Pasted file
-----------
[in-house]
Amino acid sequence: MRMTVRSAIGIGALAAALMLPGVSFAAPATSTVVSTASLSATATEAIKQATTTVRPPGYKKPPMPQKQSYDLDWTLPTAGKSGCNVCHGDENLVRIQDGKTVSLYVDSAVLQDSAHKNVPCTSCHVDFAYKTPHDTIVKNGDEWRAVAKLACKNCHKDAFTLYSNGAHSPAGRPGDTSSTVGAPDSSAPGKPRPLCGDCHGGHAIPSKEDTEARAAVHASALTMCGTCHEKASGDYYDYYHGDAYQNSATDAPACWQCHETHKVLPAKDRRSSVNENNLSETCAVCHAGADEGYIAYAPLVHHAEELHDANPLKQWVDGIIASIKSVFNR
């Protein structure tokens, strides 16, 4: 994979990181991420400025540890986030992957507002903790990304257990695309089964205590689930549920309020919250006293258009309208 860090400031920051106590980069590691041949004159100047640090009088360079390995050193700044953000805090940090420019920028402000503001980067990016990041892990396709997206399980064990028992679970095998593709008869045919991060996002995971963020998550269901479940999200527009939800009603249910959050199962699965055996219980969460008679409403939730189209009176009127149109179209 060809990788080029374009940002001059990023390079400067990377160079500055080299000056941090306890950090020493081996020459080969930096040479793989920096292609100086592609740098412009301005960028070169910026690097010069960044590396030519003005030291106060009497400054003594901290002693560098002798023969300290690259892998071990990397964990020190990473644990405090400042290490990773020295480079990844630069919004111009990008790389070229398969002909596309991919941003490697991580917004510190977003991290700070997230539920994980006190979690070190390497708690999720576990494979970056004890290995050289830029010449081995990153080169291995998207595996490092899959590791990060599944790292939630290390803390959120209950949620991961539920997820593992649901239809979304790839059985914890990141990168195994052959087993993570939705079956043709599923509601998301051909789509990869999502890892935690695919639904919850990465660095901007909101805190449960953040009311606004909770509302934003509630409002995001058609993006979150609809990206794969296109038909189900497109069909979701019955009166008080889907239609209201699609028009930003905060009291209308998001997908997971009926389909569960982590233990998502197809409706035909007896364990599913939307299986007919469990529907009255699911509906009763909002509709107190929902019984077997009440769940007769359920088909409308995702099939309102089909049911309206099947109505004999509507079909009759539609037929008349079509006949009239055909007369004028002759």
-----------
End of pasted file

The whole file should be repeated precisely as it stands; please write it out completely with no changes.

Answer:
[in-house]
Amino acid sequence: MRMTVRSAIGIGALAAALMLPGVSFAAPATSTVVSTASLSATATEAIKQATTTVRPPGYKKPPMPQKQSYDLDWTLPTAGKSGCNVCHGDENLVRIQDGKTVSLYVDSAVLQDSAHKNVPCTSCHVDFAYKTPHDTIVKNGDEWRAVAKLACKNCHKDAFTLYSNGAHSPAGRPGDTSSTVGAPDSSAPGKPRPLCGDCHGGHAIPSKEDTEARAAVHASALTMCGTCHEKASGDYYDYYHGDAYQNSATDAPACWQCHETHKVLPAKDRRSSVNENNLSETCAVCHAGADEGYIAYAPLVHHAEELHDANPLKQWVDGIIASIKSVFNR
């Protein structure tokens, strides 16, 4: 994979990181991420400025540890986030992957507002903790990304257990695309089964205590689930549920309020919250006293258009309208 860090400031920051106590980069590691041949004159100047640090009088360079390995050193700044953000805090940090420019920028402000503001980067990016990041892990396709997206399980064990028992679970095998593709008869045919991060996002995971963020998550269901479940999200527009939800009603249910959050199962699965055996219980969460008679409403939730189209009176009127149109179209 060809990788080029374009940002001059990023390079400067990377160079500055080299000056941090306890950090020493081996020459080969930096040479793989920096292609100086592609740098412009301005960028070169910026690097010069960044590396030519003005030291106060009497400054003594901290002693560098002798023969300290690259892998071990990397964990020190990473644990405090400042290490990773020295480079990844630069919004111009990008790389070229398969002909596309991919941003490697991580917004510190977003991290700070997230539920994980006190979690070190390497708690999720576990494979970056004890290995050289830029010449081995990153080169291995998207595996490092899959590791990060599944790292939630290390803390959120209950949620991961539920997820593992649901239809979304790839059985914890990141990168195994052959087993993570939705079956043709599923509601998301051909789509990869999502890892935690695919639904919850990465660095901007909101805190449960953040009311606004909770509302934003509630409002995001058609993006979150609809990206794969296109038909189900497109069909979701019955009166008080889907239609209201699609028009930003905060009291209308998001997908997971009926389909569960982590233990998502197809409706035909007896364990599913939307299986007919469990529907009255699911509906009763909002509709107190929902019984077997009440769940007769359920088909409308995702099939309102089909049911309206099947109505004999509507079909009759539609037929008349079509006949009239055909007369004028002759």